A German biologist has decided to name a new species of crayfish he helped describe in honour of international whistleblower Edward Snowden.
The Cherax snowden hails from the freshwater tributary creeks of West Papua, Indonesia. Parallels between the crustacean and the former NSA contractor are tricky to discern.
The only obvious one is that Snowden, like a crayfish, might be described as having a hard shell. Both certainly have to hide from their enemies.
Snowden crayfish are harvested for the global aquarium trade (where it's known commercially as “orange tip” or “green orange tip”), as well as feeding the local population. However, pollution has put the species' future in doubt.
Christian Lukhaup and two other researchers (Jörn Panteleit and Anne Schrimpf) hit on the whistleblower-themed moniker in naming the crustacean for an article published in ZooKeys.
Zoological researchers have free rein on naming rights in academic journals for the species they are the first to describe.
"After describing a couple of new species, I thought about naming one after Edward Snowden because he really impressed me," Lukhaup, an independent researcher, told The Washington Post. "We have so many species named after other famous people who probably don't do so much for humanity. I wanted to show support for Edward Snowden."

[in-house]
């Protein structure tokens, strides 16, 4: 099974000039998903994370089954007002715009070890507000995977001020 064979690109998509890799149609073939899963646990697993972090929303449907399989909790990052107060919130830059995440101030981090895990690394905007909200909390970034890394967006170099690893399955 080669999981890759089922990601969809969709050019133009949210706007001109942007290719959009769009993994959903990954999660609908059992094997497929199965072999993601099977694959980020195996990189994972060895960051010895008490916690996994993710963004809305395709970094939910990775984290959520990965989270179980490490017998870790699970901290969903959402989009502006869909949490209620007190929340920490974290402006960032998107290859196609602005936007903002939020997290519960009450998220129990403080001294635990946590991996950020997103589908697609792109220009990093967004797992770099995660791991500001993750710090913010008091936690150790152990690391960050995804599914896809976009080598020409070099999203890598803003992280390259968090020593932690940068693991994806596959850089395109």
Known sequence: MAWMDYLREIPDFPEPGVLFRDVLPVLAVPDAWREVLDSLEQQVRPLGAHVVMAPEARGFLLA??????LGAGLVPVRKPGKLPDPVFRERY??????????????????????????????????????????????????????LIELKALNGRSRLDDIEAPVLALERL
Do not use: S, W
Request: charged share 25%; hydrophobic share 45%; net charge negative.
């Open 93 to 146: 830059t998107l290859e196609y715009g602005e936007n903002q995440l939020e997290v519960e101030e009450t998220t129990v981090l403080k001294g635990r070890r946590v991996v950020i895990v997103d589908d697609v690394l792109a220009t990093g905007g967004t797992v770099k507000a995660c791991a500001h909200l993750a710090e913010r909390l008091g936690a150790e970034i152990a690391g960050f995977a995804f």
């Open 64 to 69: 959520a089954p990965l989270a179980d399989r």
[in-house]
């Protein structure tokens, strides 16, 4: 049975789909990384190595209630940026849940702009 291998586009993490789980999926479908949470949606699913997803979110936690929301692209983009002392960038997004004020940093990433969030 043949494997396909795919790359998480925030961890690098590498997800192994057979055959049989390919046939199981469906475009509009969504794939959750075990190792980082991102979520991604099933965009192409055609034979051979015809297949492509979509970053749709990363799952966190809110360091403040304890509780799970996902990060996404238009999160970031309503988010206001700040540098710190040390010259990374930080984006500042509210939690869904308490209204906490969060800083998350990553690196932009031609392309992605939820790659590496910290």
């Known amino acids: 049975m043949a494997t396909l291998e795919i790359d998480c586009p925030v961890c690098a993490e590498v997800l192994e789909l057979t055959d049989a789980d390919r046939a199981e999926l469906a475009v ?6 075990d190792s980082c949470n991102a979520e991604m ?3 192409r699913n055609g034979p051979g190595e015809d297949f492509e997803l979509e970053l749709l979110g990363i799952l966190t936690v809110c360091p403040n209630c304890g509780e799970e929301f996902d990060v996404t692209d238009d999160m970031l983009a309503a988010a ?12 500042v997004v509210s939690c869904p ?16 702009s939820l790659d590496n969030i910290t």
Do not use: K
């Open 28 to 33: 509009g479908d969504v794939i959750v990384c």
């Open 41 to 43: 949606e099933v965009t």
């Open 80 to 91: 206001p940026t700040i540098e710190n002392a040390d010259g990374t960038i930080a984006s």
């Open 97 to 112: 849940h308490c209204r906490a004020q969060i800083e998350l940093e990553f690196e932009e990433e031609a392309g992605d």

Germany is one of the world's most privacy-conscious countries, thanks largely to the invidious activities of the Stasi in the former East Germany, as well as the human rights abuses of the Nazi era. Snowden is lauded as a champion of privacy in Germany, as evidenced by the renaming of a Dresden square in his honour back in June.
Cherax snowden does seem like a bit of a one-off infosec celeb-themed moniker. However, biology researchers writing about cephalopods might care to note that cryptography guru Bruce Schneier regularly blogs about squids as light relief from writing about vulnerabilities, cryptography, privacy and airline security. ®
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